Research >> Sanitation
This paper argues that while the results of the WASH Benefits trials are important for understanding sanitation intervention and similar programmes, they do not imply that child health would not be improved by a large transition from open defecation to latrine...Read More..
Coercion, construction, and ’ODF paper pe’: The Swachh Bharat Mission, according to local government officials
This article draws upon 156 qualitative interviews conducted with the village and block-level officials in Rajasthan, Madhya Pradesh, Bihar, and Uttar Pradesh, as well as on new quantitative survey data, to answer these questions. It finds that local officials used...Read More..
Manual scavenging is caste-based work which has been handed down over generations, subjecting the same families and communities to deep humiliation, social exclusion, and poor health. This book chapter argues that same casteist attitudes that relegate Dalits to the filthy work...Read More..
This book chapter discusses why rural Indians tend to reject affordable sanitation options, using which many poorer countries in the developing world have either completely eliminated or have successfully reduced open defecation. The practice of open defecation has negative externalities...Read More..
The paper reports on two surveys. The first survey visited rural Bihar, Madhya Pradesh, Rajasthan, and Uttar Pradesh in late 2018. It collected data on 9,812 people and interviewed 156 local government officials. The second survey, in Udaipur district, visited...Read More..
An analysis of child height-for-age using the newly released data from the National Family Health Survey-4 indicates that the average child height increased by about four-tenths of a height-for-age standard deviation between 2005 and 2015. Although important, this increase is...Read More..
The Government of India’s NFHS-4 offers the best new data on open defecation in rural India to be released in over a decade. Although open defecation has become less common than it was ten years ago, it is still highly...Read More..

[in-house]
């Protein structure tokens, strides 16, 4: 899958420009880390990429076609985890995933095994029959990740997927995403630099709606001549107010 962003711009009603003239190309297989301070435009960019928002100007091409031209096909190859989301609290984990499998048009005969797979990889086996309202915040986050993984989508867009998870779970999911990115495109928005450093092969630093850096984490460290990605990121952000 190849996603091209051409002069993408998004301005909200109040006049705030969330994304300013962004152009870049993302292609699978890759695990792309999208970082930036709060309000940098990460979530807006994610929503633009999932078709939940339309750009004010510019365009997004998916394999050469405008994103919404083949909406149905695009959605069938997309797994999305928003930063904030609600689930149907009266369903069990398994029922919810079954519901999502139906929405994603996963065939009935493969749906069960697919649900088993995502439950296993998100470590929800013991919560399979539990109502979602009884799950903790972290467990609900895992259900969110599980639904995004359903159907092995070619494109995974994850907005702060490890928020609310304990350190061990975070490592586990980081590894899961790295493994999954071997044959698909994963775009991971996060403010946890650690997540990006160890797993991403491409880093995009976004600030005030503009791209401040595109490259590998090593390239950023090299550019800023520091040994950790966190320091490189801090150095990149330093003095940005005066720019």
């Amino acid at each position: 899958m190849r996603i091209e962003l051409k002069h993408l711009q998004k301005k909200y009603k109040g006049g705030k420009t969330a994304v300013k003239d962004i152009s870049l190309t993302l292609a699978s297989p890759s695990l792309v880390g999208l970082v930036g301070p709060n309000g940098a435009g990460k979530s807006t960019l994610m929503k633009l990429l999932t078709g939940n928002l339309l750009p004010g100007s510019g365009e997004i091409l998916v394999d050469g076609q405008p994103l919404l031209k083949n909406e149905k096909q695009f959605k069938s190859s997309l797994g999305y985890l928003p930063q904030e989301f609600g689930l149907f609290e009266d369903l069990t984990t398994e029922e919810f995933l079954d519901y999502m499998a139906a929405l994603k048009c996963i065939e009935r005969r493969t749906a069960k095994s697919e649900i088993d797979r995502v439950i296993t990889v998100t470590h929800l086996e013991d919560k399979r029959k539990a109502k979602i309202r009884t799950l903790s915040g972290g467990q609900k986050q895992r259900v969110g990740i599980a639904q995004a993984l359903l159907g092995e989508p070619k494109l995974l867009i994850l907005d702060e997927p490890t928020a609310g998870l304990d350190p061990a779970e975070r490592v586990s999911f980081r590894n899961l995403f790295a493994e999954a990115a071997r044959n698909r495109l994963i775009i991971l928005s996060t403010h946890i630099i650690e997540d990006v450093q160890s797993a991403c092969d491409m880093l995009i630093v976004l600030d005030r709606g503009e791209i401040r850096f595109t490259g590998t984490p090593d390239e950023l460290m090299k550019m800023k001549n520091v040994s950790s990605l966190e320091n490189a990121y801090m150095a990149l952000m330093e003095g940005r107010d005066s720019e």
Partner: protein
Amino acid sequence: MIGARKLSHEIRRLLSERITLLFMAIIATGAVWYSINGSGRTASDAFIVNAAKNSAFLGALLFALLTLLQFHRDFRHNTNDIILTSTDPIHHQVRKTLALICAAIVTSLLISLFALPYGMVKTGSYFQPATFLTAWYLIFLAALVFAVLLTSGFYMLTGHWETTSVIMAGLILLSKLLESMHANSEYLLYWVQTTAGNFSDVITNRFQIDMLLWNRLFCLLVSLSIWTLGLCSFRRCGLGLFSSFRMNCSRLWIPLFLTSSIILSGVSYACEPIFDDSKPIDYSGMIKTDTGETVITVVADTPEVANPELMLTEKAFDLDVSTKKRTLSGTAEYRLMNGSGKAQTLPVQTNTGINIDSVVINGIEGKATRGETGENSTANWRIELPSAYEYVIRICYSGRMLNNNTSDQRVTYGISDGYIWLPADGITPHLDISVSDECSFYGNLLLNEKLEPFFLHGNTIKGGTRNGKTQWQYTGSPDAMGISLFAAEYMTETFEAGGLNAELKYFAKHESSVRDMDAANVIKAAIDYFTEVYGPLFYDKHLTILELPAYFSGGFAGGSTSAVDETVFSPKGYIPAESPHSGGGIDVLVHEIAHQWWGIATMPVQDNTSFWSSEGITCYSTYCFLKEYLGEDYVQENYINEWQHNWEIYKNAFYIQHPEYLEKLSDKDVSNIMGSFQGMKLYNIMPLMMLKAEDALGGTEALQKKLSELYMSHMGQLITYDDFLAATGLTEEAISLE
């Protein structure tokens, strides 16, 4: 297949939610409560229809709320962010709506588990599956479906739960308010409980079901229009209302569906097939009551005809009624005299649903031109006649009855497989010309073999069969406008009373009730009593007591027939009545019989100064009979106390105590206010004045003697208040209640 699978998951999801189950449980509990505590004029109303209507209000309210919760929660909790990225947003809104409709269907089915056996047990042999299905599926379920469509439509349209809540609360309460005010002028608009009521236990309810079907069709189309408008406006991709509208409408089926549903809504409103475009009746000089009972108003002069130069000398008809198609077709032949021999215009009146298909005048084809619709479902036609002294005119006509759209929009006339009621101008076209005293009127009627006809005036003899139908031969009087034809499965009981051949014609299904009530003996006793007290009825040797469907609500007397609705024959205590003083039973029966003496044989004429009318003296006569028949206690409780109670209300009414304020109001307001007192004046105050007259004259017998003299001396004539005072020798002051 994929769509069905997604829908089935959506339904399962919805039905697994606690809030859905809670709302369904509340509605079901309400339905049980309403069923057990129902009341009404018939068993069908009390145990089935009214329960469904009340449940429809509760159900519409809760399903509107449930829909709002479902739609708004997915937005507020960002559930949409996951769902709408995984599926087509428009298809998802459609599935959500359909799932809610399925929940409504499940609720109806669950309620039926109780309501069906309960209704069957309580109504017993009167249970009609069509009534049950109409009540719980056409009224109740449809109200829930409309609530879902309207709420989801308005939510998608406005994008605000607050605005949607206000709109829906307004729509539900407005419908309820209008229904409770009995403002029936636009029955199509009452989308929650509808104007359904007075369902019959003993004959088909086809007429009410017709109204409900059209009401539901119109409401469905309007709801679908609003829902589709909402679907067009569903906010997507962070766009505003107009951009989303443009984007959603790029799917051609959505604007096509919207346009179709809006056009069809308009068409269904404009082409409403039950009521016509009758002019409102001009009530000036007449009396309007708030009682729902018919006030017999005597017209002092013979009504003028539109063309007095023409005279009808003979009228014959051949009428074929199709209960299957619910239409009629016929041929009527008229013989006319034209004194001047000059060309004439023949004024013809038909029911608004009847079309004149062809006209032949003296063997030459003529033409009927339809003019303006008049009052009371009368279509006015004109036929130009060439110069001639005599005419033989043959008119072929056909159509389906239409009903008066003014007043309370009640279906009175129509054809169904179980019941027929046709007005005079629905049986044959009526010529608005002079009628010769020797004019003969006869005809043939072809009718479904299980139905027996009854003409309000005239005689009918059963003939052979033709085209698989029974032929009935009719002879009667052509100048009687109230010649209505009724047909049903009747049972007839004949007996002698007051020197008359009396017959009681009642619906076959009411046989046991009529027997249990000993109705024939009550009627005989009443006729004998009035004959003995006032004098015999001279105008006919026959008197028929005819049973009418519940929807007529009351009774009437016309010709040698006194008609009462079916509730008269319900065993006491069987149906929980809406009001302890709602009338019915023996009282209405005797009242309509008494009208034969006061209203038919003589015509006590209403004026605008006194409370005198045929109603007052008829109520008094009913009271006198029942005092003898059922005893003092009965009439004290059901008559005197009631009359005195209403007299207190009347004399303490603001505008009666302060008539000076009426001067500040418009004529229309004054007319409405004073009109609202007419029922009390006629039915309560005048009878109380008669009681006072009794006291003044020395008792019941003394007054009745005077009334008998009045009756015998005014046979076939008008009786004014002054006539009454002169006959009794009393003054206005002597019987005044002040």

Open defecation, which is still practiced by about a billion people worldwide, is one of the most examples of how place influences health in developing countries. Because of the negative healthy externalities of open defecation, eliminating it is a priority...Read More..
Open defecation in rural India presents a puzzle: India has far higher open defecation rates than other developing regions where people are poorer, literacy rates are lower, and water is more scarce. Because open defecation has terrible consequences for health,...Read More..
Anemia impairs physical and cognitive development in children and reduces human capital accumulation. The prior economics literature has focused on the role of inadequate nutrition in causing anemia. This paper is the first to show that sanitation, a public good,...Read More..
A long literature in demography has debated the importance of place for health, especially children’s health. In this study, we assess whether the importance of dense settlement for infant mortality and child height is moderated by exposure to local sanitation...Read More..
Uniquely widespread and persistent open defecation in rural India has emerged as an important policy challenge and puzzle about behavioral choice in economic development. One candidate explanation is the culture of purity and pollution that reinforces and has its origins...Read More..
Child height is an important indicator of human capital and human development, in large part because early life health and net nutrition shape both child height and adult economic productivity and health. Between 2005 and 2010, the average height of...Read More..
Aashish, Diane & Dean wrote a chapter for the book "Sustainable Sanitation for all: Experiences, challenges and innovations", published by Practical Action and edited by Petra Bongartz, Naomi Vernon and John Fox. The abstract of the chapter is pasted below, and...Read More..
A paper by Payal, Dean, and Diane, published in Waterlines. Abstract: The world’s remaining open defecation is increasingly concentrated in rural India. The Indian government’s efforts to reduce open defecation by providing subsidies for latrine construction have been largely unsuccessful...Read More..
Over a billion people worldwide defecate in the open, with important consequences for early-life health and human capital accumulation in developing countries. We report a cluster randomized controlled trial of a village sanitation intervention conducted in rural Maharashtra, India designed...Read More..